|Publication number||US4701988 A|
|Application number||US 06/714,794|
|Publication date||Oct 27, 1987|
|Filing date||Mar 22, 1985|
|Priority date||Mar 24, 1984|
|Also published as||EP0172307A2, EP0172307A3|
|Publication number||06714794, 714794, US 4701988 A, US 4701988A, US-A-4701988, US4701988 A, US4701988A|
|Original Assignee||Insituform International N.V.|
|Export Citation||BiBTeX, EndNote, RefMan|
|Patent Citations (8), Referenced by (55), Classifications (15), Legal Events (7)|
|External Links: USPTO, USPTO Assignment, Espacenet|
This invention relates to cutters. The cutter to which the invention refers is specifically for use in connection with the cutting of apertures in pipe structures. Thus, it is frequently required that a cutter should travel along the inside of a pipe structure and then, at a particular location, cut a hole in the wall of the pipe structure to establish a connection between the interior of the pipe structure and some other location. For example, it may be necessary to cut a hole in the pipe structure in order to establish communication between the interior of the pipe structure and a lateral pipe.
Such circumstances arise frequently in connection with a lining process now practised throughout the world and in which a flexible tubular lining is positioned inside a passageway to be lined and is shaped to the passageway surface by means of fluid pressure. The flexible lining includes a resin absorbent layer which is impregnated with, so as to be saturated in, a curable synthetic resin. The lining is held in position until the resin cures when the lining becomes a rigid shell or lining pipe lying against the passageway surface, when the shaping pressure can be removed and the lined passageway is ready for use. In such lining operations, frequently the lining bag is applied over and therefore blocks lateral pipe connections leading to the passageway and these must be re-opened, hence the need for cutter as indicated in the preamble.
As can be appreciated, when a lining described above has been applied, the location of the lateral connection to be re-established is not always easy, and they are normally identified visually by traversing a television or other camera through the lined passageway. The lateral connections can be "seen" in that the lining material "dimples" into the side connection aperture and this dimpling is seen as a shadow on the wall of the lining.
A number of cutter constructions have been proposed in order to achieve cutting away the lining to re-establish the lateral connections, but these suffer from a number of disadvantages one of which is that it is often difficult to observe the cutting operation with an underground TV camera. Also cutting bits have been used haphardly without reference to such variables as speed of rotation of the cutting bit for most efficient cutting, the type of resin used in the lining, and also the thickness of the lining, and to a lesser extent on the length of time which the resin has been allowed to cure. Firstly, these cutters have tended to be designed for use with a single bit, and if the bit becomes blunt or breaks, then the cutter must be removed from the passageway, which may be several meters under the ground, and a new bit applied thereto.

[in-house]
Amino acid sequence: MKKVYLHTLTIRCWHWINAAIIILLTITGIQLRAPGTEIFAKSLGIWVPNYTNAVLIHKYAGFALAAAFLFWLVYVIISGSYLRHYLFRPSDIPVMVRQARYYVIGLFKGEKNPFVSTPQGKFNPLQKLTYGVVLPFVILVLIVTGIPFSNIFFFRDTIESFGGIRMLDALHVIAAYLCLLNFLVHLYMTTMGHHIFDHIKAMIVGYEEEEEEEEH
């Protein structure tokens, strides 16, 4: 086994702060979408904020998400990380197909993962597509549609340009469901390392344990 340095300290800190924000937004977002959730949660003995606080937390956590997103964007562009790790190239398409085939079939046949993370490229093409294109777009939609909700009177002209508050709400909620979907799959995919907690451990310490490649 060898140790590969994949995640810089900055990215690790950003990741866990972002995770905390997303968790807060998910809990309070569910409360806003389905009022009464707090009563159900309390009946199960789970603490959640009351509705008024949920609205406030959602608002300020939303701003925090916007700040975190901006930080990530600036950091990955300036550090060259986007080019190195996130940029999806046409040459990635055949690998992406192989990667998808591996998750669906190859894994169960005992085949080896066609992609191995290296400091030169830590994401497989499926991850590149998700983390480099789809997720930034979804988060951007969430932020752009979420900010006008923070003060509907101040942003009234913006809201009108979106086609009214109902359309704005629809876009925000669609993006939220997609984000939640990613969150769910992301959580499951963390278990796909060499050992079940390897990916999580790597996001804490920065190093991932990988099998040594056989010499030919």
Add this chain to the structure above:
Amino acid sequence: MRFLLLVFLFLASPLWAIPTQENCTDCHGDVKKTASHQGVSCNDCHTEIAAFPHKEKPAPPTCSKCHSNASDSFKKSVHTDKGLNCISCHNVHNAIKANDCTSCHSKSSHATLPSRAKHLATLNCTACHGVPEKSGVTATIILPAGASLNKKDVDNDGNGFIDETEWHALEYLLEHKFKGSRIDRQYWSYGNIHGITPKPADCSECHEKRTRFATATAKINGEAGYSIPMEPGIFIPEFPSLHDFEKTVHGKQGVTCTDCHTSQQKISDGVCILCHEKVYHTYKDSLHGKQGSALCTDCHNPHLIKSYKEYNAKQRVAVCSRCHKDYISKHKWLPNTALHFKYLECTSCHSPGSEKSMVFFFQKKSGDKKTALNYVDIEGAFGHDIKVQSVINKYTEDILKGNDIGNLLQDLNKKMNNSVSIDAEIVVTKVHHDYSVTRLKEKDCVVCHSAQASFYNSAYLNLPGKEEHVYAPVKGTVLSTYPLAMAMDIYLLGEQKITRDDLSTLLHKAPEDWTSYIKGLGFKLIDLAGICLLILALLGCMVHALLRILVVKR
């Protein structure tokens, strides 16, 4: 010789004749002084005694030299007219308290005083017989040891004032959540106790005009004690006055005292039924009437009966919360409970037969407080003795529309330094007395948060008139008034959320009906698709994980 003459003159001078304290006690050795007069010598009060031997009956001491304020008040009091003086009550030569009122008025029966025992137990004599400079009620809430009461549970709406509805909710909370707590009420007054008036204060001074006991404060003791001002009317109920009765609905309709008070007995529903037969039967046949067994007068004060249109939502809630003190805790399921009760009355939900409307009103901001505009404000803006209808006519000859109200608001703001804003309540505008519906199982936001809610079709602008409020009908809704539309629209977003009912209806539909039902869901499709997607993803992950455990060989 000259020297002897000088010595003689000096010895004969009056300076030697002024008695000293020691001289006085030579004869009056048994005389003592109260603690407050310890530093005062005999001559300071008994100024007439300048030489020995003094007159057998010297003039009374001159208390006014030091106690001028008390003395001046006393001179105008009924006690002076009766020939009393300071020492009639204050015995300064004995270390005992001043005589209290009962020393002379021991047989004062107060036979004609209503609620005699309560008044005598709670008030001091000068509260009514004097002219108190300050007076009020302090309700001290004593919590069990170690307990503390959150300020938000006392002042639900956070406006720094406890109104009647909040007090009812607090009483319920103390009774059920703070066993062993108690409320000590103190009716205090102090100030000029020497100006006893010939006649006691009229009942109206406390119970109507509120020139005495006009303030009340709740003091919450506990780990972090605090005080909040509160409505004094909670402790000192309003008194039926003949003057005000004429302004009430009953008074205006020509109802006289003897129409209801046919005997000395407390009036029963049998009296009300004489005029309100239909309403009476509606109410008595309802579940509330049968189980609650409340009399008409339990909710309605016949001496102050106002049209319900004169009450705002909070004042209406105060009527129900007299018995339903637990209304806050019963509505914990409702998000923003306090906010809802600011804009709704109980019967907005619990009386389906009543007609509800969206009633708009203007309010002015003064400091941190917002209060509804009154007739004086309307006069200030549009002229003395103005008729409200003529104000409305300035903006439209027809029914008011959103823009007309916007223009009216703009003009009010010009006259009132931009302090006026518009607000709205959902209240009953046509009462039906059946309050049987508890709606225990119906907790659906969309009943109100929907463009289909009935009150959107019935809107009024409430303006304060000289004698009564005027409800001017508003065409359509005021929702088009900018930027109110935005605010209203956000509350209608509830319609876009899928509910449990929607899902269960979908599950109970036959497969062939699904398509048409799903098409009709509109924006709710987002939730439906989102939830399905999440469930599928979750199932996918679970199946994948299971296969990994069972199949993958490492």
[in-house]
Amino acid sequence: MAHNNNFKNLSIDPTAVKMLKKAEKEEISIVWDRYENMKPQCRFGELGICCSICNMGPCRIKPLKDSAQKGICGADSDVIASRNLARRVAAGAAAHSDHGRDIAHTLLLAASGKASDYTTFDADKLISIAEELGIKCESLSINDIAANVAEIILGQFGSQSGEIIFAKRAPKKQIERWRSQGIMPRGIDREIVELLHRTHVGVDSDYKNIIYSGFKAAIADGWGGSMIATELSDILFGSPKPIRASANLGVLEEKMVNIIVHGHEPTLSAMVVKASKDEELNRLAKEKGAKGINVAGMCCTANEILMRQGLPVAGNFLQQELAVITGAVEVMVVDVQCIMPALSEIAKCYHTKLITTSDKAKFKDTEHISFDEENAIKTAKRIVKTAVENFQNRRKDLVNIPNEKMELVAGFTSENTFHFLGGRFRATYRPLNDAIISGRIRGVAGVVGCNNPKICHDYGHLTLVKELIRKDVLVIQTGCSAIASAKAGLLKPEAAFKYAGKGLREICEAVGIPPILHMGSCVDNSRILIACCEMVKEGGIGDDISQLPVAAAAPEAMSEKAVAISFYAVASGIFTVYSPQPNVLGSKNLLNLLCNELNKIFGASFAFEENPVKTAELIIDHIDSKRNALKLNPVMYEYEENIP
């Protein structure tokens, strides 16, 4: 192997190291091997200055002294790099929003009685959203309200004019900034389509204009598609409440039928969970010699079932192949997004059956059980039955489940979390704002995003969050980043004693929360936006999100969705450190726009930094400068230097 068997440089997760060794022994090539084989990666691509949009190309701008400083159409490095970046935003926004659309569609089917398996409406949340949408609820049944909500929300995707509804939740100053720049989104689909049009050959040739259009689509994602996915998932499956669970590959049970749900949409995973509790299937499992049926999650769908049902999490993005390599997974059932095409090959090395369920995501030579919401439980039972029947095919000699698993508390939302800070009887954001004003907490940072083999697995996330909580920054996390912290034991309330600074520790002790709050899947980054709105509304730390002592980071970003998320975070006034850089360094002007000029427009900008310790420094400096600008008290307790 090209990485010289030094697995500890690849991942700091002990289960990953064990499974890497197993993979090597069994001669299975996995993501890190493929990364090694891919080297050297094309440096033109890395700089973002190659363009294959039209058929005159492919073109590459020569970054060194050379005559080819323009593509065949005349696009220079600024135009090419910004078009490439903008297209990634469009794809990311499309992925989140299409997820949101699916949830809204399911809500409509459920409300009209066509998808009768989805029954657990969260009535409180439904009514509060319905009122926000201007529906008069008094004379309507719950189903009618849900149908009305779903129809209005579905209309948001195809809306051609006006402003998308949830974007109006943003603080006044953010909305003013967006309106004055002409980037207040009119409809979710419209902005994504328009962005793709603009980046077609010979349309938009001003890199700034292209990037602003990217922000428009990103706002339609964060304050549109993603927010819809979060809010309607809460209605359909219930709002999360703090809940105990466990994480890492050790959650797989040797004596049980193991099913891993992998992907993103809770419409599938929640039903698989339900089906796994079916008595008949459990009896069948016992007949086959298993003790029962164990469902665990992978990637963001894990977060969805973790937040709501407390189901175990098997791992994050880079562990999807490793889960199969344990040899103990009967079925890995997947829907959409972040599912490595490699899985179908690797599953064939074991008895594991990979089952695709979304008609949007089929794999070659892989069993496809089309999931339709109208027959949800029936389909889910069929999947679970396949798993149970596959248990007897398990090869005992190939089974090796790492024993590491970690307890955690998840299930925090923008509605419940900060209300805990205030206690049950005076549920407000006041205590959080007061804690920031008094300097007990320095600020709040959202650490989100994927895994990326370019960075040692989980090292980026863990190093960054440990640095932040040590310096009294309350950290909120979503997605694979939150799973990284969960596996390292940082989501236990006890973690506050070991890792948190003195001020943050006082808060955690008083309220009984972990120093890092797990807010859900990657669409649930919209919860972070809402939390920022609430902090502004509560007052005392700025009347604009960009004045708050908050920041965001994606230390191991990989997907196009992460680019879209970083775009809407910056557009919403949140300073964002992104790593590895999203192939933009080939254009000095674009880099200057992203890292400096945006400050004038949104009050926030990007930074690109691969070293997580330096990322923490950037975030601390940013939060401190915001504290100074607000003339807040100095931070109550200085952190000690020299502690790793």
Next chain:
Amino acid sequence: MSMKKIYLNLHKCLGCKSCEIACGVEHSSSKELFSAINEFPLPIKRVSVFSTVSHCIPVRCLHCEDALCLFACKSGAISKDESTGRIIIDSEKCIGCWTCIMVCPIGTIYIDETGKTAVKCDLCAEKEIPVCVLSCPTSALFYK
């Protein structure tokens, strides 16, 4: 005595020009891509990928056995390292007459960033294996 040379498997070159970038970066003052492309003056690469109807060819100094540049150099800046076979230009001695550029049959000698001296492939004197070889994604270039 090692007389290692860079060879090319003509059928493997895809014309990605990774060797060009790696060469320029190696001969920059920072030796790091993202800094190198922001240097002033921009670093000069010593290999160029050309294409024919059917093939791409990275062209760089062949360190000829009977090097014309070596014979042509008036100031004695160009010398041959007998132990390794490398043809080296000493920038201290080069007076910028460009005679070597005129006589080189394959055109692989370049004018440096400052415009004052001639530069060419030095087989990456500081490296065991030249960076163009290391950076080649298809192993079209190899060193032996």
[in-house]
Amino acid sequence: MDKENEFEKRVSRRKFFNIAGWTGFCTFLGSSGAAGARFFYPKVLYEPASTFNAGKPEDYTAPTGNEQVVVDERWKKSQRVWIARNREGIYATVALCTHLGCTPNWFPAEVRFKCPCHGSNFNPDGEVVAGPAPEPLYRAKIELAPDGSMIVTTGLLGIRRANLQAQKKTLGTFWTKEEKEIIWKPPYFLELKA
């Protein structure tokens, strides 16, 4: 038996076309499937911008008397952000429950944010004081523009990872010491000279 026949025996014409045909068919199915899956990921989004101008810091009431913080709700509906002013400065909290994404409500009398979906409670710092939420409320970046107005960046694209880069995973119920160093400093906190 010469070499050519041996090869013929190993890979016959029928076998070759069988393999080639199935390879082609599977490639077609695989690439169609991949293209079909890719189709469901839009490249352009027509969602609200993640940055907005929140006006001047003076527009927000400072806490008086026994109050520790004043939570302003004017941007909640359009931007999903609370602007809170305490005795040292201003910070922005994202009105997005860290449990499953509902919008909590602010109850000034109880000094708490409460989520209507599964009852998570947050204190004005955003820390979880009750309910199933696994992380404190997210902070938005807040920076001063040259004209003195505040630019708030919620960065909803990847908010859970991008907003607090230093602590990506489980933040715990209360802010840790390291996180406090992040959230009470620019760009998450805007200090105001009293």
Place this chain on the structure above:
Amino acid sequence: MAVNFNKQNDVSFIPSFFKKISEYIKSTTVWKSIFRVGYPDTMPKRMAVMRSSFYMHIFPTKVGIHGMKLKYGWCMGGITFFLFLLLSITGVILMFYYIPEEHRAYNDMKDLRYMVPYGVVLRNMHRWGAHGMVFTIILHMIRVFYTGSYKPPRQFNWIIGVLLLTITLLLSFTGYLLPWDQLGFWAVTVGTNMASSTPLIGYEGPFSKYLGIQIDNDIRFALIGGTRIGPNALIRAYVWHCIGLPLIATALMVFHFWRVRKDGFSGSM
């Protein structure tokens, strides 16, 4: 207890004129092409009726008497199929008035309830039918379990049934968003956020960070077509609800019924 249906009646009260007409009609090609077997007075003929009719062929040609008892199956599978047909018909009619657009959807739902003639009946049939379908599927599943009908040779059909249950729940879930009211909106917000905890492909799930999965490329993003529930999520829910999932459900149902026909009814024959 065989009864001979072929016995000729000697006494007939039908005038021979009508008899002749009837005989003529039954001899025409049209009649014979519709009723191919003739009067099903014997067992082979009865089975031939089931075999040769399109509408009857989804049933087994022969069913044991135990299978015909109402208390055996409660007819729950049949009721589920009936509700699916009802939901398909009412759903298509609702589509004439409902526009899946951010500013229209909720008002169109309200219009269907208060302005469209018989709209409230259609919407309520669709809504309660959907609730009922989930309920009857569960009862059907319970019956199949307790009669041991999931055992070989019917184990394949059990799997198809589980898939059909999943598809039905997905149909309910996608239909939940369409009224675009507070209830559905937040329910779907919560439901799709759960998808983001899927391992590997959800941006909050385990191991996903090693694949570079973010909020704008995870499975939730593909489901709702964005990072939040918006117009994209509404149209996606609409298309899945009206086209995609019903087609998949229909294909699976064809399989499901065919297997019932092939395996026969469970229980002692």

Again, in re-establishing side connections in relation to the lining method described above, it is frequently the case that uncured resin, water or other debris collects behind the lining in the side connection, and when the cutter bit penetrates the lining the discharge of fluent material from the side connection obscures a television or the like camera which is used to observe the cutting ooperation, and progress is difficult and slow. Furthermore, the cutter bit is usually mounted on an axis having only a limited degree of movement within the passageway so that it is not always possible to arrange for the axis of the cutter to lie at the most appropriate disposition for cutting the lining covering any particular side connection. There has not been provided an arrangement permitting the efficient cutting of these linings from an above ground location.
The present invention provides a cutter apparatus in several aspects having considerable flexibility and at least in the preferred forms the cutter apparatus overcomes the disadvantages of the existing cutters as indicated above.
In accordance with the present invention in a first aspect there is provided a cutter apparatus for cutting holes in a pipe structure from the inside of the pipe structure comprising a slave outlet unit having a mounting, a body carried by the mounting for movement relative thereto and a cutter head carried by the body, said cutter head having one or more cutters, and the body being mounted on the mounting for universal movement enabling the cutter, within the physical limitations of the pipe structure to be angled at any angular disposition in relation to the aperture to be cut, and master unit for location outside the pipe structure and manipulable by hand or by automatic control connected to the slave cutter so that the cutter head will duplicate the movement of the master unit.
The master unit preferable comprises a follower which follows a template simulating the aperture to be cut in the pipe structure, the follower being adapted to follow the template automatically by virtue of reaction against the template edge, and having a gear or roller or the like for rolling on the template edge. The master unit is adapted to be angularly positioned in relation to the template, either manually or by suitable control means, and the master and slave are connected so that he positioning of the master follower at a particular angle results in the slave cutter head being arranged at the same angle in the pipe structure.
The cutter head of the slave cutter preferably has three selectable positions, and in the respective positions, a different cutter bit is brought into operation.
By this means, the head can be provided with three similar cutter bits so that when one cutter bit breaks or becomes blunt, then a second, and then a third cutter bit can be brought into operation. Alternatively, the three cutter bits can be of different construction for cutting under different conditions.
The speed of cutting of the slave cutter will follow the speed of movement of the master unit and is preferably variable, so that the speed of cutting of the slave cutter head can be varied.
The cutter head is preferably movable under power via several displacement motors which are coupled through joints and linkages to the cutter head, to provide for the universal movement of same.